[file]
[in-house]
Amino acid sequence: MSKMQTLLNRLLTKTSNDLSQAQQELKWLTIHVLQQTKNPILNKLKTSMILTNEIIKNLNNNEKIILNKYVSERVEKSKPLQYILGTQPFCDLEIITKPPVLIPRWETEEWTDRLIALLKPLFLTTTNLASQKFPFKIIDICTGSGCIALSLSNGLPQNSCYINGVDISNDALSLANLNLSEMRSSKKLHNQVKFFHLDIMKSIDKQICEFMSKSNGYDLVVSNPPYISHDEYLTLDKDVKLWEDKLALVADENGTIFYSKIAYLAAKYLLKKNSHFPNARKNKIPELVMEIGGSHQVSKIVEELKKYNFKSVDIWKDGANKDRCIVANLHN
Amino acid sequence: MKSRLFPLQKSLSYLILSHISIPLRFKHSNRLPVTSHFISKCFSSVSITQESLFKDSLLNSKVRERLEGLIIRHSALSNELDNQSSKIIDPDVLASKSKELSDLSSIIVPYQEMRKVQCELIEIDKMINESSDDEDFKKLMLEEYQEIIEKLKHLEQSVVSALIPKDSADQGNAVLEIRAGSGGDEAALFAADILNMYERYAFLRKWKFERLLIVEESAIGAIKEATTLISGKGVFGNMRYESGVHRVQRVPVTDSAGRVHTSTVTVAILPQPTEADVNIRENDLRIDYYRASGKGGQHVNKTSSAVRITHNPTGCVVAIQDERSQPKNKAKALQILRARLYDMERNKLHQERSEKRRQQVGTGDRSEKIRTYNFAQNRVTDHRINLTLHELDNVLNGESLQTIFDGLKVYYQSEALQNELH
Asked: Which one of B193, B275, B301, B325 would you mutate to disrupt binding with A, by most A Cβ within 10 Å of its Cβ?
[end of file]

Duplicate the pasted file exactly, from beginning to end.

[in-house]
Amino acid sequence: MSKMQTLLNRLLTKTSNDLSQAQQELKWLTIHVLQQTKNPILNKLKTSMILTNEIIKNLNNNEKIILNKYVSERVEKSKPLQYILGTQPFCDLEIITKPPVLIPRWETEEWTDRLIALLKPLFLTTTNLASQKFPFKIIDICTGSGCIALSLSNGLPQNSCYINGVDISNDALSLANLNLSEMRSSKKLHNQVKFFHLDIMKSIDKQICEFMSKSNGYDLVVSNPPYISHDEYLTLDKDVKLWEDKLALVADENGTIFYSKIAYLAAKYLLKKNSHFPNARKNKIPELVMEIGGSHQVSKIVEELKKYNFKSVDIWKDGANKDRCIVANLHN
Amino acid sequence: MKSRLFPLQKSLSYLILSHISIPLRFKHSNRLPVTSHFISKCFSSVSITQESLFKDSLLNSKVRERLEGLIIRHSALSNELDNQSSKIIDPDVLASKSKELSDLSSIIVPYQEMRKVQCELIEIDKMINESSDDEDFKKLMLEEYQEIIEKLKHLEQSVVSALIPKDSADQGNAVLEIRAGSGGDEAALFAADILNMYERYAFLRKWKFERLLIVEESAIGAIKEATTLISGKGVFGNMRYESGVHRVQRVPVTDSAGRVHTSTVTVAILPQPTEADVNIRENDLRIDYYRASGKGGQHVNKTSSAVRITHNPTGCVVAIQDERSQPKNKAKALQILRARLYDMERNKLHQERSEKRRQQVGTGDRSEKIRTYNFAQNRVTDHRINLTLHELDNVLNGESLQTIFDGLKVYYQSEALQNELH
Asked: Which one of B193, B275, B301, B325 would you mutate to disrupt binding with A, by most A Cβ within 10 Å of its Cβ?